Shot during the COVID-19 pandemic, Calle de la Resistencia, (2021, 79 minutes) directed by Denise Blasor, is an emotional look at the struggle of the Puerto Rican people to regain their dignity. With a unique blend of real- life footage and staged musical production, the film tells the tale of nine Puerto Ricans whose lives were forever changed by Maria, the deadly hurricane that left thousands of families without a home and millions without access to water, food, electricity, medicine and communications. Two years later, fate brings these nine people together to the epicenter of the protests that ultimately resulted in the resignation of the Puerto Rican governor, a symbolic triumph of the people over corruption, albeit short-lived. Featuring 20 original songs, Calle de la Resistencia picks up the pieces of a tragic history and transforms them into hope.
Guest Curator Marángeli Mejía Rabell is a Puerto Rico-born, Philadelphia-based connector, cultural organizer and producer, arts and culture curator, and programmer whose work is centered on co-creation, capacity building, leadership development, cross-sector collaborations, and honoring our roots as a tool for social change and community self-actualization. Marángeli’s practice is focused on community media practices, cultural organizing, intersectionality, accessibility and diversity. As Co-Founder/Creative Partner of AFROTAINO and Director of the Philadelphia Latino Film Festival she co-curates, designs and executes arts and culture programming, collaborations and multidisciplinary projects. She has served as the Philadelphia Latino Film Festival Director for over five years supporting the groundbreaking work of Latinx filmmakers. Under Marángeli’s leadership, PHLAFF has evolved into an international film festival that brings the best of US-based Latinx and Latin American stories to wide audiences. Throughout Marángeli’s career she has centered Latinx creators, stories and culture to bring about positive change and new representation. She brings strong skills in developing and leading projects, campaigns and programs that combine business and community objectives and over three decades of experience establishing systems and metrics to measure collective impact. She is a recent graduate of the inaugural cohort of the National Arts Strategies Leadership Coaching Training Program. Collaborations include: Pepon Osorio’s reForm at Tyler Contemporary, BrideNext, a Building Audience Demand project with Marty Pottender and serving as a Guest Curator for the Mural Arts Program for the first cycle of their Neighborhood Portraits Project.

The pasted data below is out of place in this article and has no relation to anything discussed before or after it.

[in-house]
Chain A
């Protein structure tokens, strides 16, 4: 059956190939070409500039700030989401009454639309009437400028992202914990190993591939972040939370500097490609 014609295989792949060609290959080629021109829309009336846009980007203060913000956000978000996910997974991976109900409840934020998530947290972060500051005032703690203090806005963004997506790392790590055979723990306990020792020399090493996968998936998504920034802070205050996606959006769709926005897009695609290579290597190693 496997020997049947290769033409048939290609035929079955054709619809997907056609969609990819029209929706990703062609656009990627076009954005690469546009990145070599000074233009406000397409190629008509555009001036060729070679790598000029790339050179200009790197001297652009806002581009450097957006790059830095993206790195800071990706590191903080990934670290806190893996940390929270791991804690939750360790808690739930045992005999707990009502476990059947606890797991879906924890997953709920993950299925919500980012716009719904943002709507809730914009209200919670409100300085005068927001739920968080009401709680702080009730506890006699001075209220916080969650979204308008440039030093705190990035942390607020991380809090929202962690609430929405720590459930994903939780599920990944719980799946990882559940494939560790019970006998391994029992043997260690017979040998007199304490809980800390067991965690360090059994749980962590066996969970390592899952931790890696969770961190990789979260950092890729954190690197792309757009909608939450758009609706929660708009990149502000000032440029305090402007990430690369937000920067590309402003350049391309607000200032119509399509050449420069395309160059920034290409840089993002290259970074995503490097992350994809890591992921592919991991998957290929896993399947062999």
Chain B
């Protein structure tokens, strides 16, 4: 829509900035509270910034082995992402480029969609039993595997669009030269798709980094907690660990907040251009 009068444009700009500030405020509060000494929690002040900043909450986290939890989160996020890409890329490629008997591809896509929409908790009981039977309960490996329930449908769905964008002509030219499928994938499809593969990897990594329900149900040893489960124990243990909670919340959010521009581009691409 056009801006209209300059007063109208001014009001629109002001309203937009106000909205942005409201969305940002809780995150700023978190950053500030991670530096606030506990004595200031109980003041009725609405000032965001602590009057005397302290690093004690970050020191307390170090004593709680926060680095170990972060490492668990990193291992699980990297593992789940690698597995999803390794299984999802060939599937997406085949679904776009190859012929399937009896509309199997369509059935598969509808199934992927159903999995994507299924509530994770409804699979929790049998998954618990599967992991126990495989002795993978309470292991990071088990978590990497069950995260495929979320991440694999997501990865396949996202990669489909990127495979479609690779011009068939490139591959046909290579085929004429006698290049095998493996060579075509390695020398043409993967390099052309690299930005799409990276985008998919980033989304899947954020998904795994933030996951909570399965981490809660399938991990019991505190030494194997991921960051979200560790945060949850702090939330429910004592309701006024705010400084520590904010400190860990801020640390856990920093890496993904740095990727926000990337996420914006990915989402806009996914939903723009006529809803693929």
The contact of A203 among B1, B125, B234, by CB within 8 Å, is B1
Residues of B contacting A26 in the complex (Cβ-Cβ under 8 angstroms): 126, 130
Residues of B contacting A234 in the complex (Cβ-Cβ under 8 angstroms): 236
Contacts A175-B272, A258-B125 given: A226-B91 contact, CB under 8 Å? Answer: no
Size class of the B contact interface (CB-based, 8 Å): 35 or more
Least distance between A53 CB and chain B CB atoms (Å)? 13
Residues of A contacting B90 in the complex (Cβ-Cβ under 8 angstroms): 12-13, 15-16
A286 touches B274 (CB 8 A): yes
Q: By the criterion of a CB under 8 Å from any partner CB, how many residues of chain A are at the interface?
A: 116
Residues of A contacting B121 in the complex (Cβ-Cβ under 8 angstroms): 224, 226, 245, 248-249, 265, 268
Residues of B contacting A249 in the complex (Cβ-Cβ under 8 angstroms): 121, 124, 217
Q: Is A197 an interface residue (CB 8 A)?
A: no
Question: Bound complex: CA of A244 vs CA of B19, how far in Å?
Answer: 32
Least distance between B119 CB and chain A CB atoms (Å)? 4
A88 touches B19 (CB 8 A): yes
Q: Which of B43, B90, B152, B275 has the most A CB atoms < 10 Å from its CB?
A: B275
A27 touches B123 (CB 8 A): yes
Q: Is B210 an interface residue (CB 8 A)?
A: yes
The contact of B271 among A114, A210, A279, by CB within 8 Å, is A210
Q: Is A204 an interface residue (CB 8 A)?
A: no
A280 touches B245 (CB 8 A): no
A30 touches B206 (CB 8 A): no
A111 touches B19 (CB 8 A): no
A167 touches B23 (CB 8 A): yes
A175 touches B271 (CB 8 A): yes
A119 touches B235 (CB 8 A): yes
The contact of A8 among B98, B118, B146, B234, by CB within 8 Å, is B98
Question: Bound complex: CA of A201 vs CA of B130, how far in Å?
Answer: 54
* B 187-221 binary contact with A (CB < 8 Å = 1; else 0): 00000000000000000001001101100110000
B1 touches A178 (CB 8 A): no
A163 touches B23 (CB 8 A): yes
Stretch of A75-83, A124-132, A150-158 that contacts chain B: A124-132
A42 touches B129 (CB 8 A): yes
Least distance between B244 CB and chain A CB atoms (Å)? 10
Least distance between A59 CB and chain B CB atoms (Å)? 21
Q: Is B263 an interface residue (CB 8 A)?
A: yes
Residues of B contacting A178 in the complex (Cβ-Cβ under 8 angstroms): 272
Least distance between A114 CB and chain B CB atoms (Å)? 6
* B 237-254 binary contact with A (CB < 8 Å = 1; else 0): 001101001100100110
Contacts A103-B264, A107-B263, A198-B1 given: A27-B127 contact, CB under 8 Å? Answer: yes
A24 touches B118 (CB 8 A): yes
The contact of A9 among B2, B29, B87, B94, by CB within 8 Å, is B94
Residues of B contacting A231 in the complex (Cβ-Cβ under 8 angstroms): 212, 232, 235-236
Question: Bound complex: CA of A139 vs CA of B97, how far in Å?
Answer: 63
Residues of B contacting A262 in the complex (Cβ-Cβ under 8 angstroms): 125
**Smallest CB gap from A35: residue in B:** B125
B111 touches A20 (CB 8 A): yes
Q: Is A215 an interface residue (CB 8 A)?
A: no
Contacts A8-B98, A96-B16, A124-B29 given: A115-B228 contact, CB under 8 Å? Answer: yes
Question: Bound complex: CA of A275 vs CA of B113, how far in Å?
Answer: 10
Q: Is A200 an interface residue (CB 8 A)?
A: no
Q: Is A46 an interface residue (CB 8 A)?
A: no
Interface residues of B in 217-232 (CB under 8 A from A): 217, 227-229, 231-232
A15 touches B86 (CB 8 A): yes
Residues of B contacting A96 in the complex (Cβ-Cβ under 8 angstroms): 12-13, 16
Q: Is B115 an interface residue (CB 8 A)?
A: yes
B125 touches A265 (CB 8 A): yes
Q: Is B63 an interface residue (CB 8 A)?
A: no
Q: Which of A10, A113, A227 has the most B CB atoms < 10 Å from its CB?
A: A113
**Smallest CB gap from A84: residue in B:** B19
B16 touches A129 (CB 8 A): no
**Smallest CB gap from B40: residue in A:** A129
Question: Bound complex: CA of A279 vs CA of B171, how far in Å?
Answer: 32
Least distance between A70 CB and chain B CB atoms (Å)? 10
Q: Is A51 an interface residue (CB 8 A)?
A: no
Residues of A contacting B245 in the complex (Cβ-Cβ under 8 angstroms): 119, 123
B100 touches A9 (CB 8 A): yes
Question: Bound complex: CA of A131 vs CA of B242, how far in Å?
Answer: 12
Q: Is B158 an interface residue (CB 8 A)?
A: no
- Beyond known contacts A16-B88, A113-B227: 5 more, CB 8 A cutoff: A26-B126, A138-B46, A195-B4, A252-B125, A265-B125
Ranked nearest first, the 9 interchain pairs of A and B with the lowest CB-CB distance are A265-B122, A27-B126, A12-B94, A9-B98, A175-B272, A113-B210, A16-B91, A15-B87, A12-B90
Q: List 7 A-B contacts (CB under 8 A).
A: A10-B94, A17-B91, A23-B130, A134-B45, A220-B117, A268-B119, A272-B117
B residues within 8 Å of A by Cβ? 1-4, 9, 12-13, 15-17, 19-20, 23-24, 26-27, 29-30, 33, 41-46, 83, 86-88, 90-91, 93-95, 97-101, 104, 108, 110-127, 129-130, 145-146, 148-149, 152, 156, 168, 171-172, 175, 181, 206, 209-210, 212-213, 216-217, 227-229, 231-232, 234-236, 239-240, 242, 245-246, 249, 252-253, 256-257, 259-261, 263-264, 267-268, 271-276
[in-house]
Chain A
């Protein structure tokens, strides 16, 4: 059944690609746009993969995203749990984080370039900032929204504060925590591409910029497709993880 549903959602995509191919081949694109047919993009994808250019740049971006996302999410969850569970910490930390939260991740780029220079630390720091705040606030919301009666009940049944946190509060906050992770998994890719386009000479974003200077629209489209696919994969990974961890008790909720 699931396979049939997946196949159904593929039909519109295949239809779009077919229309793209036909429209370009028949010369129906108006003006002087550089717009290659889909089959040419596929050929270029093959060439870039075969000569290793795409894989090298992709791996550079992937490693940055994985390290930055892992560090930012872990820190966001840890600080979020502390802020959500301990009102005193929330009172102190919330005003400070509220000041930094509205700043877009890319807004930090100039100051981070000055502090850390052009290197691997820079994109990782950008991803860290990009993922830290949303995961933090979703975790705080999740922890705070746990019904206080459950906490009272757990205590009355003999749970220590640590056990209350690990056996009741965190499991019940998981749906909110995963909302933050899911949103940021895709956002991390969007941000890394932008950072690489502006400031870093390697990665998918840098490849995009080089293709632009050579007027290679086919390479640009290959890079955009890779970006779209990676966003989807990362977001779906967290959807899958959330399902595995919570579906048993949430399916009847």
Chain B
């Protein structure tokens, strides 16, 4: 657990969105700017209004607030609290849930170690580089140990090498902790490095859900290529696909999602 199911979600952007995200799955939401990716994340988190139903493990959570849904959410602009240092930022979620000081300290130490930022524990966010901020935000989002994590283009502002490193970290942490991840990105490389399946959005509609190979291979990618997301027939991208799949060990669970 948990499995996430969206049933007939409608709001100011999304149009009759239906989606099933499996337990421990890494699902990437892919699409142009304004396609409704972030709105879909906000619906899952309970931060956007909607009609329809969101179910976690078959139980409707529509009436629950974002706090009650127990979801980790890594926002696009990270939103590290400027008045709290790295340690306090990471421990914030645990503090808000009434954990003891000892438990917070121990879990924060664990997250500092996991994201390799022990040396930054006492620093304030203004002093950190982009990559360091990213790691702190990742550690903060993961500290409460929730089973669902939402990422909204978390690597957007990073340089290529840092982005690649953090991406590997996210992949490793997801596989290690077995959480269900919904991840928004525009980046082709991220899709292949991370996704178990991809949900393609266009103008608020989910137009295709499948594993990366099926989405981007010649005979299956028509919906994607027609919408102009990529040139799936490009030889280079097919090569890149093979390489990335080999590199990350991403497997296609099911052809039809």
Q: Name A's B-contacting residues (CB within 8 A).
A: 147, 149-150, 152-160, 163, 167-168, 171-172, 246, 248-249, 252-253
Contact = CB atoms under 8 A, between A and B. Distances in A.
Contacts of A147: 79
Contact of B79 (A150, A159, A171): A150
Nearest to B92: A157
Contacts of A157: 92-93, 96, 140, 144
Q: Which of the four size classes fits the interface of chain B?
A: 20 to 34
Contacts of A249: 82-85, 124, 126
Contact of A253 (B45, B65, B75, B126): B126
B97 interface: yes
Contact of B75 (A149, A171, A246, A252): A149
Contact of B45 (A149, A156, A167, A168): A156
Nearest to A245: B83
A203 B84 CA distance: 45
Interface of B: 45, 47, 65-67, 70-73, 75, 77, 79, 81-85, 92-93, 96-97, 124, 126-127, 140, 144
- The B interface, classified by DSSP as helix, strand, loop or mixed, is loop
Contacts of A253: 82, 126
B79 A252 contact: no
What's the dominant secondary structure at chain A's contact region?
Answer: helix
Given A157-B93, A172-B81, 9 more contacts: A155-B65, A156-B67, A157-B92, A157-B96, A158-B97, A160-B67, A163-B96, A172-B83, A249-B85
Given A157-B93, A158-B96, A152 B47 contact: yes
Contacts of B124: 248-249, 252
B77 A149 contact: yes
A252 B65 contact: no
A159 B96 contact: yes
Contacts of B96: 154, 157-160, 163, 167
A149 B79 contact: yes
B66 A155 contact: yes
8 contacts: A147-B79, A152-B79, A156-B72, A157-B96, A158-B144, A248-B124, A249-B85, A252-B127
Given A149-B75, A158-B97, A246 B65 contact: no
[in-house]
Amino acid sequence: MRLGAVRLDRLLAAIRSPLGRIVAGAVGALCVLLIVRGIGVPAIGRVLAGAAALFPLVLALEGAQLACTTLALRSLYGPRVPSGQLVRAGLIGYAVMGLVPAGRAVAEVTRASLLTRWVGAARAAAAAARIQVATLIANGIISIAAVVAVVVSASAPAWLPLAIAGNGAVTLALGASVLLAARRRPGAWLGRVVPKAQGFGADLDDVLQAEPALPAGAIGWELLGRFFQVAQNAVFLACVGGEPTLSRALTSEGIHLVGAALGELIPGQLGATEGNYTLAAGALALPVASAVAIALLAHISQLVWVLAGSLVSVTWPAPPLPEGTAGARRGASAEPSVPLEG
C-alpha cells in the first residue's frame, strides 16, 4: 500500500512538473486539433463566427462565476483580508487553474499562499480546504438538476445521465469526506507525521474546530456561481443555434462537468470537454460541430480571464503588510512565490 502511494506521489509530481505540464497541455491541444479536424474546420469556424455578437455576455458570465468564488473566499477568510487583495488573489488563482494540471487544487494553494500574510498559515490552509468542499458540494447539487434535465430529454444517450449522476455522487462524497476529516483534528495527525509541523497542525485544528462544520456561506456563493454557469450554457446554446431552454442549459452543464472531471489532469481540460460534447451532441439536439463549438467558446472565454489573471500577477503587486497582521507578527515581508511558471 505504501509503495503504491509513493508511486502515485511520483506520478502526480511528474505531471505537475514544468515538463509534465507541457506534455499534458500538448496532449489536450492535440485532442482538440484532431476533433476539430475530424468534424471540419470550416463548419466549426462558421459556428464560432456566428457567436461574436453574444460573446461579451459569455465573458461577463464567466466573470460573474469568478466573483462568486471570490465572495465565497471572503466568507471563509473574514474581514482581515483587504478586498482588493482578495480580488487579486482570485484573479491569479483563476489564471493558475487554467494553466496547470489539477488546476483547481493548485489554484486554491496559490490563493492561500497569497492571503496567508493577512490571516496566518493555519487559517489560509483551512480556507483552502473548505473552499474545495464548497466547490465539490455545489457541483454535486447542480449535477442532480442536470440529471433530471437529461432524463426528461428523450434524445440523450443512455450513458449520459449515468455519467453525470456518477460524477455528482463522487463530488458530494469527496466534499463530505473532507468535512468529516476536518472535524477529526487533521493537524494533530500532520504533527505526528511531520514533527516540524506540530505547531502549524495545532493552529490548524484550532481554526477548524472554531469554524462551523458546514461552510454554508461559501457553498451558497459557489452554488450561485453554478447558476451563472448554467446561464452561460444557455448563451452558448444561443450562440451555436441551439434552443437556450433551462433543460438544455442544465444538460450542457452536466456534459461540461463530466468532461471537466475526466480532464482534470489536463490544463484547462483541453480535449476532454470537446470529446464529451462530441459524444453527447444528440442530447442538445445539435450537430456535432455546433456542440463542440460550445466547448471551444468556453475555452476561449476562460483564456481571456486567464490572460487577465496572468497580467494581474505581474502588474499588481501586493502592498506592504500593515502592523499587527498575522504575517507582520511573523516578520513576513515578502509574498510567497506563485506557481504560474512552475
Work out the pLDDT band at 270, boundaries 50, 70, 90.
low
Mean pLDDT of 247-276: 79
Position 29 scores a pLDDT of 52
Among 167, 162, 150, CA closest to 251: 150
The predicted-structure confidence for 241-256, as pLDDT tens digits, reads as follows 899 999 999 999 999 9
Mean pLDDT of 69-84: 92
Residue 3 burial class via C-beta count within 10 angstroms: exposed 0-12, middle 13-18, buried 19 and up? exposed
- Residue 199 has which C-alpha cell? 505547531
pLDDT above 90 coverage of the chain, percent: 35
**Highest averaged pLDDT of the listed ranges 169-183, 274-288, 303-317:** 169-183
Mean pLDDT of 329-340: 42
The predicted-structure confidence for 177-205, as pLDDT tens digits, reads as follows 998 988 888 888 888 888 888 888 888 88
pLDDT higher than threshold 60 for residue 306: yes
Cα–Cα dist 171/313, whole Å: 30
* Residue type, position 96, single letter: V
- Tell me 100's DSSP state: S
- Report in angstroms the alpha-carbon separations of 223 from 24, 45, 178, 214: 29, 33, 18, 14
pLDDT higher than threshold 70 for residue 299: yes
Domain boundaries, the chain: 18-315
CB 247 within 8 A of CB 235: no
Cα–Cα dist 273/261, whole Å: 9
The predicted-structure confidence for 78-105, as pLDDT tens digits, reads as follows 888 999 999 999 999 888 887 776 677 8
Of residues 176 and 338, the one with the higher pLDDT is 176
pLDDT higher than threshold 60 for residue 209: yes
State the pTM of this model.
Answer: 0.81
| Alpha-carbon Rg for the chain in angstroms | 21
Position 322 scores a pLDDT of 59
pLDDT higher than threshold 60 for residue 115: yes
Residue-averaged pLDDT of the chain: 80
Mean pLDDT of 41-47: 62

With a long history of presenting film starting in the 1970s, in the 2020-21 season, the Annenberg Center returns this important art form to its regular line-up to broaden its inclusive arts programming while also supporting independent film at Penn and in Philadelphia. Curator-at-Large for Film Maori Karmael Holmes, also Artistic Director and CEO of BlackStar Film Festival, works with Executive and Artistic Director Christopher Gruits to develop a series of films that complement and amplify the Annenberg Center’s season programming across all disciplines.